4. I am still on the bootloader project. My bootloader now is designed to reside in low memory. The bootloader itself does not have any interrupt routines. To support the application (that does have interrupt routines) I added in the bootloader code the following: #pragma DATA 0x0008, 0x84, 0xEF, 0x01, 0xF0 This is a "goto 0x308" command that should be in memory location 0x0008. The application itself is built with "-rb 0x300" flag. This means that the application statrts at 0x300, and it's interrupt entry point is located at 0x308. Every time there is an interrupt, the interrupt entry point at 0x0008 is invoked and this jumps to the correct location. However, when I build the bootloader (no linker flags at all) it uses the memory area that is otherwise allocated for interrupts and my #pragma command is disregarded. I could not find any linker flag that would specify that the application should start at memory 0x0000, but not write over the interrupt entry points. I guess I could also use the "-rb" flag to shift the location of the bootloader (e.g - have it satrt at addrress 0x0020, past the low priority interrupt entry point), and using a #pragma DATA build the reset vector to it (same as I did for the interrupt vector), but is there a simpler way?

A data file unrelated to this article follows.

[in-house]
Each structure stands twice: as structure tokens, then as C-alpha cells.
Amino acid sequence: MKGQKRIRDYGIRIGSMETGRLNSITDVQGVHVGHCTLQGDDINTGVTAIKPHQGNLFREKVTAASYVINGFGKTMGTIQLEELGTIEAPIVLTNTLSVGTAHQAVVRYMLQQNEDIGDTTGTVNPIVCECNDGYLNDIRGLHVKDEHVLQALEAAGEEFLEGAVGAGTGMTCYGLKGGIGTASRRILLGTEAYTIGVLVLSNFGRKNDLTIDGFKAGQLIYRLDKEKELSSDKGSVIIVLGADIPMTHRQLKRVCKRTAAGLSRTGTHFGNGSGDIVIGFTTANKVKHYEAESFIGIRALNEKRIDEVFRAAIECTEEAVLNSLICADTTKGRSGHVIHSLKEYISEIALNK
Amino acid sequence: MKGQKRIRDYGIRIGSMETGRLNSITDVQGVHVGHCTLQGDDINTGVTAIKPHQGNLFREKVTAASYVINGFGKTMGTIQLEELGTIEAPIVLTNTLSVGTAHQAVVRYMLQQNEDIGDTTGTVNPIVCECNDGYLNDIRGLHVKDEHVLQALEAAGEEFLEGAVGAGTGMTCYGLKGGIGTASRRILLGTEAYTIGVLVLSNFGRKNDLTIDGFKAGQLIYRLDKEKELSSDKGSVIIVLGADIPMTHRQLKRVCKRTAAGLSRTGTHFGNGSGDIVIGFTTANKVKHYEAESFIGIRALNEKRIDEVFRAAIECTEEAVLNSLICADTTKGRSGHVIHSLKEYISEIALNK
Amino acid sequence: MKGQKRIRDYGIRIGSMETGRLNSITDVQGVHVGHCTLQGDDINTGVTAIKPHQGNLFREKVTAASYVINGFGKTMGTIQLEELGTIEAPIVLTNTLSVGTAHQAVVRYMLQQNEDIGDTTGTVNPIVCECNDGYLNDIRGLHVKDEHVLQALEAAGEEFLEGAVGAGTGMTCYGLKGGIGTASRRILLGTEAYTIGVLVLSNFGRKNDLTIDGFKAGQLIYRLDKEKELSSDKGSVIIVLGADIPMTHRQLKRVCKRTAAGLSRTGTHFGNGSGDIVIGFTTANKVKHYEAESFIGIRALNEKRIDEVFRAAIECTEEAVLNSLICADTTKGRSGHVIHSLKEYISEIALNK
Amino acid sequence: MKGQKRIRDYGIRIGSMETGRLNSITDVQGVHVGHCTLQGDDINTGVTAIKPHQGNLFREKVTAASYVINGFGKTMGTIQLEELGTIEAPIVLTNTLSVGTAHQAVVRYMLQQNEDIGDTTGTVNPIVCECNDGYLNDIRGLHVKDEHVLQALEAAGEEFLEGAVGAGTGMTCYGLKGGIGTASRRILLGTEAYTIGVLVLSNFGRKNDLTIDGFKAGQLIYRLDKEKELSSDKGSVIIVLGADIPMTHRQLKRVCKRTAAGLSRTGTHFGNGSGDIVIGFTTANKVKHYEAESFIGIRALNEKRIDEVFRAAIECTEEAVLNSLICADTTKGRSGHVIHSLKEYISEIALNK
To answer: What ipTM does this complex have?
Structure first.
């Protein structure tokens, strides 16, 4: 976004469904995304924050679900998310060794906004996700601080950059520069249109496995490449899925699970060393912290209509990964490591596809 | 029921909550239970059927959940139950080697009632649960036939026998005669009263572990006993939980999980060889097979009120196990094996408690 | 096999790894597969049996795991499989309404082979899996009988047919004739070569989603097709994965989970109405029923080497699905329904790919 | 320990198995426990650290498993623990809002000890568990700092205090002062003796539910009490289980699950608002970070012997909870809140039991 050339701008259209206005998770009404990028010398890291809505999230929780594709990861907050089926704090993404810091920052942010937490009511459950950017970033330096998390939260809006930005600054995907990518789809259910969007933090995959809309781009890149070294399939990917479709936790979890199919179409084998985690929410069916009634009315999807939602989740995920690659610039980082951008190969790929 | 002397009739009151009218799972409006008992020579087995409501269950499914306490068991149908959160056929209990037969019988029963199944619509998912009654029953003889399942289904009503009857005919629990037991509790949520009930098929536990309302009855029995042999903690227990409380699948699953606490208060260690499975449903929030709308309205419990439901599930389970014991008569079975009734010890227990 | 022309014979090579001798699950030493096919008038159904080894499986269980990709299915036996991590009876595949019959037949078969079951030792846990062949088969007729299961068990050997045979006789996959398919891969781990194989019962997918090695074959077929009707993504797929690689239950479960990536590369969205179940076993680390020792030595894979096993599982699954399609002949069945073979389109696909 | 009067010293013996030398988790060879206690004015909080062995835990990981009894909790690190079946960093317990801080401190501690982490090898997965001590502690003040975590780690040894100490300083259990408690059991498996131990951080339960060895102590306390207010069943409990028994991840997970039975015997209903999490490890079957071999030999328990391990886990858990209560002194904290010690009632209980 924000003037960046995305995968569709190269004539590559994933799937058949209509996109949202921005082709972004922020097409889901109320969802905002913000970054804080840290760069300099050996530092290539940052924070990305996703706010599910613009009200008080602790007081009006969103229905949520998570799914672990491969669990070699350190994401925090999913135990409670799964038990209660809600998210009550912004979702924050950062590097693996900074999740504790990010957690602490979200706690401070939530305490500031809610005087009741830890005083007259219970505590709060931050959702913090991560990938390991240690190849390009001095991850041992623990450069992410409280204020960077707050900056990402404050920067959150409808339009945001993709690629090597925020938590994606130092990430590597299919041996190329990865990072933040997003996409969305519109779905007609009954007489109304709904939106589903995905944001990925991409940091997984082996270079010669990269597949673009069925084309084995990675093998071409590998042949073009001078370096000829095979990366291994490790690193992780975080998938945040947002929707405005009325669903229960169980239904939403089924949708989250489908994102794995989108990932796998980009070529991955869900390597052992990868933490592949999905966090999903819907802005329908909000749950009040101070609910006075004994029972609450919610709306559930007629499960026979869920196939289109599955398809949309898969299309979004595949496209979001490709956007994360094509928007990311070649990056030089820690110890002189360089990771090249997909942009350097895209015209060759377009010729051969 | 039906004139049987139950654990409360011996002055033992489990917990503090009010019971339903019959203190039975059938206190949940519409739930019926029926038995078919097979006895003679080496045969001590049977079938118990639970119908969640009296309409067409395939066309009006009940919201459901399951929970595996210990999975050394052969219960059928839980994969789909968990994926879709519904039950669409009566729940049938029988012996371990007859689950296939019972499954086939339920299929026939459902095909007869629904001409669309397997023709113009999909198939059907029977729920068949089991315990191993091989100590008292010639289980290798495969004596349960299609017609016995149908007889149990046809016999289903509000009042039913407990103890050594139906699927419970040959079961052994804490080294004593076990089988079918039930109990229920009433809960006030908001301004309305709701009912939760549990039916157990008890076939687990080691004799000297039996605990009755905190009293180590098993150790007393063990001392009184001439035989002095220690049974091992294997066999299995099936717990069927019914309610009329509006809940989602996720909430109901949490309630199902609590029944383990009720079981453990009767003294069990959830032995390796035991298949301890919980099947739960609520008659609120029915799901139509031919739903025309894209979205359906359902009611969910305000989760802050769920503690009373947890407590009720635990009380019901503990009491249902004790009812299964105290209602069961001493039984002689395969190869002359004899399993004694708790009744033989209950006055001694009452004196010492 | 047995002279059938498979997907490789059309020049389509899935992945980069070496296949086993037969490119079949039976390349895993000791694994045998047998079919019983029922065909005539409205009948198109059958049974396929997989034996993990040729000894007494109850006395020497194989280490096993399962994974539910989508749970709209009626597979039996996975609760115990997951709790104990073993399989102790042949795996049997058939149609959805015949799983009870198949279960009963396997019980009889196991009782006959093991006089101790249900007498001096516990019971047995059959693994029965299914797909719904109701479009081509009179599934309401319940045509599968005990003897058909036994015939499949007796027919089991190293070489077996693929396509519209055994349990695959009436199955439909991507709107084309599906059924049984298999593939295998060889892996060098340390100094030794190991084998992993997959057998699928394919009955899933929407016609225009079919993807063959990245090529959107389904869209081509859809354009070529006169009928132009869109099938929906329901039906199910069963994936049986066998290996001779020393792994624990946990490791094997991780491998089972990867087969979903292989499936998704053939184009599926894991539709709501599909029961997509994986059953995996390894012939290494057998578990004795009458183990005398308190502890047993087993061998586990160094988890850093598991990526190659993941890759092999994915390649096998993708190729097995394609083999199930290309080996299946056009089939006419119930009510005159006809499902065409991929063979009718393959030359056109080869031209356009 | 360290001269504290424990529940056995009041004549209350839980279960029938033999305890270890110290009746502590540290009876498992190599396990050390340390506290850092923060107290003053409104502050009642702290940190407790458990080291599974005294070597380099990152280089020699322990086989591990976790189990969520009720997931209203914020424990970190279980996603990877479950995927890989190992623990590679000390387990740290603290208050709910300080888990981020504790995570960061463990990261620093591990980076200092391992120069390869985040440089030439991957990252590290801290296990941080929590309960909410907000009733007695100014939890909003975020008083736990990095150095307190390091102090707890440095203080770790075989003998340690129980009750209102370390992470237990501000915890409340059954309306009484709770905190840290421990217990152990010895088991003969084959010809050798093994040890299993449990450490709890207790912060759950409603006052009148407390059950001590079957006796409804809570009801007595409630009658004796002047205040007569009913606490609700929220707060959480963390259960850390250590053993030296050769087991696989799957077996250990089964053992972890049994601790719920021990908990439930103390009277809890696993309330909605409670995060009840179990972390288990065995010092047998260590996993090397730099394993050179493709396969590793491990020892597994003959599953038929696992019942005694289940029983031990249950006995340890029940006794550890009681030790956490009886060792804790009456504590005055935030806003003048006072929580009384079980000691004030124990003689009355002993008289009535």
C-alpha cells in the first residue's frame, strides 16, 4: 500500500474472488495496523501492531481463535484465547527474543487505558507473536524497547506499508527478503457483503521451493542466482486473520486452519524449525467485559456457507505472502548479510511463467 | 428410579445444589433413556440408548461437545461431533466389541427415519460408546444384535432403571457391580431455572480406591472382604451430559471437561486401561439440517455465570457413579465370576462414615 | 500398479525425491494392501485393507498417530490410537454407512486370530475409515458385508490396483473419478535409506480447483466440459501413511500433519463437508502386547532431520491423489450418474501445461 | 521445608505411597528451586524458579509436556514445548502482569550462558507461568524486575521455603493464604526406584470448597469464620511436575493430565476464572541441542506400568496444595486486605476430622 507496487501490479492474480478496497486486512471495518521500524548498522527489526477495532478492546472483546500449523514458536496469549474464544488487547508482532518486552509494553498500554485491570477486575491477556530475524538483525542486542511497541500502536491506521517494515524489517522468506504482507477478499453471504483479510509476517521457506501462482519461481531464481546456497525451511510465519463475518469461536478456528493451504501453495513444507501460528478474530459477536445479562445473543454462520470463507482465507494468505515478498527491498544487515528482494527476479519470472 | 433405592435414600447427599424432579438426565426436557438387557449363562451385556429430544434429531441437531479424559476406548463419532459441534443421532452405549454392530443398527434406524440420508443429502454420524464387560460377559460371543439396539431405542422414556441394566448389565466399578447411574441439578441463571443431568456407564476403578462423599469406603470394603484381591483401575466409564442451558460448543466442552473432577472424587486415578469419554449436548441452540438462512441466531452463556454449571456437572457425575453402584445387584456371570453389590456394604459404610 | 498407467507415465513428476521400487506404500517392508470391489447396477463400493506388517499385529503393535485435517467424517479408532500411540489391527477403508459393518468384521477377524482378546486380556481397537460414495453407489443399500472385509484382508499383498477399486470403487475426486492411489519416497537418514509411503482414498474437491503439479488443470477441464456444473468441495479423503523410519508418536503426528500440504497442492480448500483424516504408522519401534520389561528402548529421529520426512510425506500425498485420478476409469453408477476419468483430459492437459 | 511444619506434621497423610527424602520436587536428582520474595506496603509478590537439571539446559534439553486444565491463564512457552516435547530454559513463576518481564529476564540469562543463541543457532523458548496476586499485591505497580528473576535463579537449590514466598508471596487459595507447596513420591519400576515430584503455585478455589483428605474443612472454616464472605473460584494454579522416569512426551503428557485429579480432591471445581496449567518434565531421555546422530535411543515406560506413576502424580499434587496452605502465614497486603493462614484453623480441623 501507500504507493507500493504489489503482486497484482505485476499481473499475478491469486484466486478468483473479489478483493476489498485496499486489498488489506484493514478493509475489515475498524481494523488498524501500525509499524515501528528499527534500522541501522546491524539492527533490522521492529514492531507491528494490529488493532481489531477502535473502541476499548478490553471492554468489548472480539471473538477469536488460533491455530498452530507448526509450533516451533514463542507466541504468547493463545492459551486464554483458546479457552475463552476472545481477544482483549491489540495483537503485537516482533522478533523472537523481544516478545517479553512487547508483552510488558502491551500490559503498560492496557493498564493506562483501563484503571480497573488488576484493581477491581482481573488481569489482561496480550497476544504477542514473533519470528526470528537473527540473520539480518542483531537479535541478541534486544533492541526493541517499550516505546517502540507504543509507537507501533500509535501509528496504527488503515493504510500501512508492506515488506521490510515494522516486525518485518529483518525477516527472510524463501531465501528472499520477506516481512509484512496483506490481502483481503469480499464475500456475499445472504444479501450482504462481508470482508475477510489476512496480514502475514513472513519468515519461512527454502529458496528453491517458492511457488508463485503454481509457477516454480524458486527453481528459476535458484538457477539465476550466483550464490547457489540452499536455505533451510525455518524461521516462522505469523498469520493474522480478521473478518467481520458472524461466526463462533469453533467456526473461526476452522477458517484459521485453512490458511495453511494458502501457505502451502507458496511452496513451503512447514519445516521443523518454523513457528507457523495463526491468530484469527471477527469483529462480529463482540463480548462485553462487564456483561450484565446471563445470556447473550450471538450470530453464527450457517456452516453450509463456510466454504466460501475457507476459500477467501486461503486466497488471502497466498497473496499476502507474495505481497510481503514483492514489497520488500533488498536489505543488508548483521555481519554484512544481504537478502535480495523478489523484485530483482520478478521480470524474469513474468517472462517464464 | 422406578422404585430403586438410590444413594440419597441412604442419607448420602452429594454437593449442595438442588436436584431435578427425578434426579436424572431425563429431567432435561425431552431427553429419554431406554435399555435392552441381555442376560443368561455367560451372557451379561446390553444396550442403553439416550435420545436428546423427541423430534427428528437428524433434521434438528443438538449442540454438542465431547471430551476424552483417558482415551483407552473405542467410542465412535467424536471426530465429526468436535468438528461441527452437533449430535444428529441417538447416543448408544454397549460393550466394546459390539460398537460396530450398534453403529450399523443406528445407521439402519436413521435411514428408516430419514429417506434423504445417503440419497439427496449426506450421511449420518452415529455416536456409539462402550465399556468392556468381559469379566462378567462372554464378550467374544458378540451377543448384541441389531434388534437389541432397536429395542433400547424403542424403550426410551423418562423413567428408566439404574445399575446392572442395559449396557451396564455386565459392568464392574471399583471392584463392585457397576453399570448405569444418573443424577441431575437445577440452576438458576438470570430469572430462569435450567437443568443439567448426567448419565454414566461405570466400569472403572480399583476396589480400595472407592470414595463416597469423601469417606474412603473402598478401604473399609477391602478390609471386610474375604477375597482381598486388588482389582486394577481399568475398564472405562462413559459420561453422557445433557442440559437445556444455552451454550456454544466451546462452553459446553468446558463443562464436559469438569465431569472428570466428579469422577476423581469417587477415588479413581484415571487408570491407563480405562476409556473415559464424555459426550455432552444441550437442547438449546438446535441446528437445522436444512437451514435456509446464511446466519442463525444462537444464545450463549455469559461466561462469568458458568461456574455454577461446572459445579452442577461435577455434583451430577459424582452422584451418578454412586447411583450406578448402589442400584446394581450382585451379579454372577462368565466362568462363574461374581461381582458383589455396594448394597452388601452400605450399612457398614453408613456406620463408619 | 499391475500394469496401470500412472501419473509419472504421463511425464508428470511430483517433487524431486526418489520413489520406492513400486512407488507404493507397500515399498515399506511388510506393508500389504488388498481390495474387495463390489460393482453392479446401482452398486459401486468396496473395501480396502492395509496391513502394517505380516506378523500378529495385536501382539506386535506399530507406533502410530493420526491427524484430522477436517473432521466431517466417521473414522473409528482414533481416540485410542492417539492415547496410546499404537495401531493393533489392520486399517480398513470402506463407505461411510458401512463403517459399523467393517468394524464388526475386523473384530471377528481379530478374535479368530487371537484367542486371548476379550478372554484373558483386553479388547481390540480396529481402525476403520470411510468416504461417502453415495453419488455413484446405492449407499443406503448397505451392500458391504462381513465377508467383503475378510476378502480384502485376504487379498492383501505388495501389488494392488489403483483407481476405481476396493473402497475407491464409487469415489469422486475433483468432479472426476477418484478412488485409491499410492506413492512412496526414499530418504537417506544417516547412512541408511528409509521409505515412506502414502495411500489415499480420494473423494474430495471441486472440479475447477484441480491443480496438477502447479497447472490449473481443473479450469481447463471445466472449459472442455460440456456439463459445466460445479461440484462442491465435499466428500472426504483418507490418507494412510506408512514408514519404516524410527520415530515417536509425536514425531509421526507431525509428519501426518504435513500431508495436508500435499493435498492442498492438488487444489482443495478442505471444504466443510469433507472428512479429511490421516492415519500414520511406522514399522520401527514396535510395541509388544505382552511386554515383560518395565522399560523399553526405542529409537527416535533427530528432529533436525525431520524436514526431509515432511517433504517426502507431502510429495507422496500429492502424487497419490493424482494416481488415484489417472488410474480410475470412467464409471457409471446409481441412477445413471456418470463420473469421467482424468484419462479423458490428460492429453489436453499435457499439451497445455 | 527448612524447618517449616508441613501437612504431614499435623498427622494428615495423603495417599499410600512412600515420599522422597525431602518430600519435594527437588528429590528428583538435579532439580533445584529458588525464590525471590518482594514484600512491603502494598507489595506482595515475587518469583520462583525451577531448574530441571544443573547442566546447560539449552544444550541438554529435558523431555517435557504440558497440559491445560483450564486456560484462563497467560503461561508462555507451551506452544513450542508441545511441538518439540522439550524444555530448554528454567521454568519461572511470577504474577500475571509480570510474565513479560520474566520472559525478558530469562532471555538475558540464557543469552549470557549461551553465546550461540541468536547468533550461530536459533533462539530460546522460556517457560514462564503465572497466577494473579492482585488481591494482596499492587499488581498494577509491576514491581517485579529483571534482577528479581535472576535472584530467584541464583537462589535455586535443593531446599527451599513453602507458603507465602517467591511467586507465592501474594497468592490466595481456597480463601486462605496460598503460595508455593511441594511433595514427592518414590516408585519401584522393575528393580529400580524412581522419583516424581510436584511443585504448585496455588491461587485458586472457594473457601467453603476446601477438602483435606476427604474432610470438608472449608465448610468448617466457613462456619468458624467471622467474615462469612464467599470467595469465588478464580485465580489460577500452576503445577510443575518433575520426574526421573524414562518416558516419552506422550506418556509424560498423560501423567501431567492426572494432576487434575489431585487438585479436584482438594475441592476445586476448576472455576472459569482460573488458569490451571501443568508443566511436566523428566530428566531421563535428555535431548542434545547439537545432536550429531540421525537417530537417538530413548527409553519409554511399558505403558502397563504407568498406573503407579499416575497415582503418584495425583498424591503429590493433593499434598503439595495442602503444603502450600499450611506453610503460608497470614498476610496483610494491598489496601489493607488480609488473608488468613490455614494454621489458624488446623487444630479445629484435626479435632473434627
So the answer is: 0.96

5. I don't htink it is a matter of this compiler/language or another, but rather the design philosophy of the program. I am sure there are many ways to implement this requirement. Most simply use the first bytes as an identifier to what follows. example: <stx><command><address><length><data>..........<data><cs> <stx> - one or two bytes that identify that this is a new "packet" (I like to use valuse that have alternating bits - eg A5, AA55, A5A5) <command> - a byte identifying if this is an interperter program or a mini program (or any extended set of commands as you need) <address> - optional, in case the address where the data is to be loaded is variable and not hard coded <length> - optional, in case the length of the interperter or the programs is variable andnot not hard coded <cs> - some kind of checksum or crc to make sure that the whole packet came through OK. You could use the Intel hex format (as used by most programmers) or the Modbus protocol as a basis and modify it for your needs (using known protocols simply gives you access to some available code as a basis for your ideas). As in bootloders you can also decide whether all the "processing" is done on the PIC side (so on the PC side you simply use a terminal program) or you do most of the processing on the PC side and the PIC side does not know what it does but simply given bytes and told to place them at a certain memory location. Another option - exactly like a bootloader and application - the interperting application and the reloader are totaly separate programs (you also manage them as two separate projects). Something - a hardware/software reset or, a command causes the reloader to be invoked. If within a certain time it receives a new interperter to load it does so, otherwise it jumps back to the interperter starting address. All the above can be implemted in C/Basic/Asm etc..